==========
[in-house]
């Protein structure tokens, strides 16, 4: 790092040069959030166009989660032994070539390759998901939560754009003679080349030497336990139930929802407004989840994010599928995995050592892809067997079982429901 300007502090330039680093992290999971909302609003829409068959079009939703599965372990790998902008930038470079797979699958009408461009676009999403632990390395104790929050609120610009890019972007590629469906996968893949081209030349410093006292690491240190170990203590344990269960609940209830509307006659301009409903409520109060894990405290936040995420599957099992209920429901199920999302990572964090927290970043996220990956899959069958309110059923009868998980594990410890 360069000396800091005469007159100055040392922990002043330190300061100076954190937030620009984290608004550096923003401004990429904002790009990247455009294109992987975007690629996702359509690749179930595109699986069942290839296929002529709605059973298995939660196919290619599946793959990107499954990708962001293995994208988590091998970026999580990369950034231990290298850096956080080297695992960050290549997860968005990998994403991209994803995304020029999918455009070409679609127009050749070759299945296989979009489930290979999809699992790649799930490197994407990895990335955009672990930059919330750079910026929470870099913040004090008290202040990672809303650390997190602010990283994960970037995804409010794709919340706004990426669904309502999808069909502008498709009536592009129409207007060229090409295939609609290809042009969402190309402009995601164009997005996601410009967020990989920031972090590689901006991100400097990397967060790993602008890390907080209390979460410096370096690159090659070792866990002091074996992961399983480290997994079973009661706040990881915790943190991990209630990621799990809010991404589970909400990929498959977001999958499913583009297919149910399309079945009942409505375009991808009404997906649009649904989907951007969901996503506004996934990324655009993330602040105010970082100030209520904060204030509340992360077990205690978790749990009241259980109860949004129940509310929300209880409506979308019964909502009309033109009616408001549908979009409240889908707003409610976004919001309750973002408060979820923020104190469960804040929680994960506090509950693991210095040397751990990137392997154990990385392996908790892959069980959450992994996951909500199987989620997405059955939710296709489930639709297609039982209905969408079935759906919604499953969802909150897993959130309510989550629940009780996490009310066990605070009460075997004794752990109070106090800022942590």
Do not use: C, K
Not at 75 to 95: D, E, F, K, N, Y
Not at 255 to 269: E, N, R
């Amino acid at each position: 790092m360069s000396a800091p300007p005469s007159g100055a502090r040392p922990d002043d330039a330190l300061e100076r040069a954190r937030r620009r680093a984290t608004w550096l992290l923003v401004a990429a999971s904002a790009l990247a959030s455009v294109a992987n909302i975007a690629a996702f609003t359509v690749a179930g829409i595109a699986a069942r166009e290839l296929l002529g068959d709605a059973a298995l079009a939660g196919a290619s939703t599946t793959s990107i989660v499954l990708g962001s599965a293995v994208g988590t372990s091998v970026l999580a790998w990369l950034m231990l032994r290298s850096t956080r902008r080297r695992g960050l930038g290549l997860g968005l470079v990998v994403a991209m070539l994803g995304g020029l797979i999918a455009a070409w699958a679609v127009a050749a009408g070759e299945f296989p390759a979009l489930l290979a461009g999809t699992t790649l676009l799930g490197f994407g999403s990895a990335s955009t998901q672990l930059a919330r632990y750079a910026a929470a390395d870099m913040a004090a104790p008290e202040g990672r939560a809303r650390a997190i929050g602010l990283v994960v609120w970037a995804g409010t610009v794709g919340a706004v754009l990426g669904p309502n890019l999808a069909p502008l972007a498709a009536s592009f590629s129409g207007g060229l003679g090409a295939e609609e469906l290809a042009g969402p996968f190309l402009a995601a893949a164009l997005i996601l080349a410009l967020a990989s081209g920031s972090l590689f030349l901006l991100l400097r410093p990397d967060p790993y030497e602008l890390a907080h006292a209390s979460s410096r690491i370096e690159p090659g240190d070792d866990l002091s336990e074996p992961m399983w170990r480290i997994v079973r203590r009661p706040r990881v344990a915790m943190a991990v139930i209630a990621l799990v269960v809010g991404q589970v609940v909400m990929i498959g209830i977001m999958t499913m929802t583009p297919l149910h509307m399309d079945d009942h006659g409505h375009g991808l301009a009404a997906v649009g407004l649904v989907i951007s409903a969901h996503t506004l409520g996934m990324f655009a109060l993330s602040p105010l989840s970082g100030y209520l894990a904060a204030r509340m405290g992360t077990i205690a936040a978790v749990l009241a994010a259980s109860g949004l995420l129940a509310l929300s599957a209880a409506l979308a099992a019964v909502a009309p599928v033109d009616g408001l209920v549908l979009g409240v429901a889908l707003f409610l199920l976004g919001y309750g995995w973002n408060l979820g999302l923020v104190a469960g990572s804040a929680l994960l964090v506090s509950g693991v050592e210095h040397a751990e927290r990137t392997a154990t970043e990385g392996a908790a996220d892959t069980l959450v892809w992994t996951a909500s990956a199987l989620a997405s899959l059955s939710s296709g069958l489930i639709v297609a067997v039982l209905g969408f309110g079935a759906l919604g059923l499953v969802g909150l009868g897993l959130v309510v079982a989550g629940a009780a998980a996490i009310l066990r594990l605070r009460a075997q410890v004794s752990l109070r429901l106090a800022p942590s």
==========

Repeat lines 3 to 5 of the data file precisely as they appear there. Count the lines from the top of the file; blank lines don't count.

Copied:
Do not use: C, K
Not at 75 to 95: D, E, F, K, N, Y
Not at 255 to 269: E, N, R